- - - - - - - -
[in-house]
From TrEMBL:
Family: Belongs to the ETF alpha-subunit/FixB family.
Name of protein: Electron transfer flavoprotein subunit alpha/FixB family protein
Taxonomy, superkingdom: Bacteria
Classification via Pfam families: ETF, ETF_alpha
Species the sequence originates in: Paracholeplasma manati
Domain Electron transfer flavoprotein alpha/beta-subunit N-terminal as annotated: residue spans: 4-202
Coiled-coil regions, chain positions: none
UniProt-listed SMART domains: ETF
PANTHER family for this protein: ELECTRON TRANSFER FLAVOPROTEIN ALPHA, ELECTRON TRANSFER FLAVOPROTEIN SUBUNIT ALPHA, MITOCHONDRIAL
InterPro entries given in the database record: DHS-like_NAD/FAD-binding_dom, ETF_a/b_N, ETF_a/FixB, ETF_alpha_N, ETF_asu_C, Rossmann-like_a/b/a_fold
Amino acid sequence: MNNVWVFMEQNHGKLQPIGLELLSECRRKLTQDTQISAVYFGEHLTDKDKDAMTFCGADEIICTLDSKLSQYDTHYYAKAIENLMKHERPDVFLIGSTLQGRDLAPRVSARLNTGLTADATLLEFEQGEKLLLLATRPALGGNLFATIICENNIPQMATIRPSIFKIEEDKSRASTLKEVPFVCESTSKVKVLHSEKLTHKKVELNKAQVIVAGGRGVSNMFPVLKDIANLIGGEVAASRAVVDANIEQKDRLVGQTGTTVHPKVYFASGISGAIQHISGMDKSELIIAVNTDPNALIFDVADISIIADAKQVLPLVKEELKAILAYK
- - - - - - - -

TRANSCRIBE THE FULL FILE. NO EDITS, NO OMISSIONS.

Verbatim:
[in-house]
From TrEMBL:
Family: Belongs to the ETF alpha-subunit/FixB family.
Name of protein: Electron transfer flavoprotein subunit alpha/FixB family protein
Taxonomy, superkingdom: Bacteria
Classification via Pfam families: ETF, ETF_alpha
Species the sequence originates in: Paracholeplasma manati
Domain Electron transfer flavoprotein alpha/beta-subunit N-terminal as annotated: residue spans: 4-202
Coiled-coil regions, chain positions: none
UniProt-listed SMART domains: ETF
PANTHER family for this protein: ELECTRON TRANSFER FLAVOPROTEIN ALPHA, ELECTRON TRANSFER FLAVOPROTEIN SUBUNIT ALPHA, MITOCHONDRIAL
InterPro entries given in the database record: DHS-like_NAD/FAD-binding_dom, ETF_a/b_N, ETF_a/FixB, ETF_alpha_N, ETF_asu_C, Rossmann-like_a/b/a_fold
Amino acid sequence: MNNVWVFMEQNHGKLQPIGLELLSECRRKLTQDTQISAVYFGEHLTDKDKDAMTFCGADEIICTLDSKLSQYDTHYYAKAIENLMKHERPDVFLIGSTLQGRDLAPRVSARLNTGLTADATLLEFEQGEKLLLLATRPALGGNLFATIICENNIPQMATIRPSIFKIEEDKSRASTLKEVPFVCESTSKVKVLHSEKLTHKKVELNKAQVIVAGGRGVSNMFPVLKDIANLIGGEVAASRAVVDANIEQKDRLVGQTGTTVHPKVYFASGISGAIQHISGMDKSELIIAVNTDPNALIFDVADISIIADAKQVLPLVKEELKAILAYK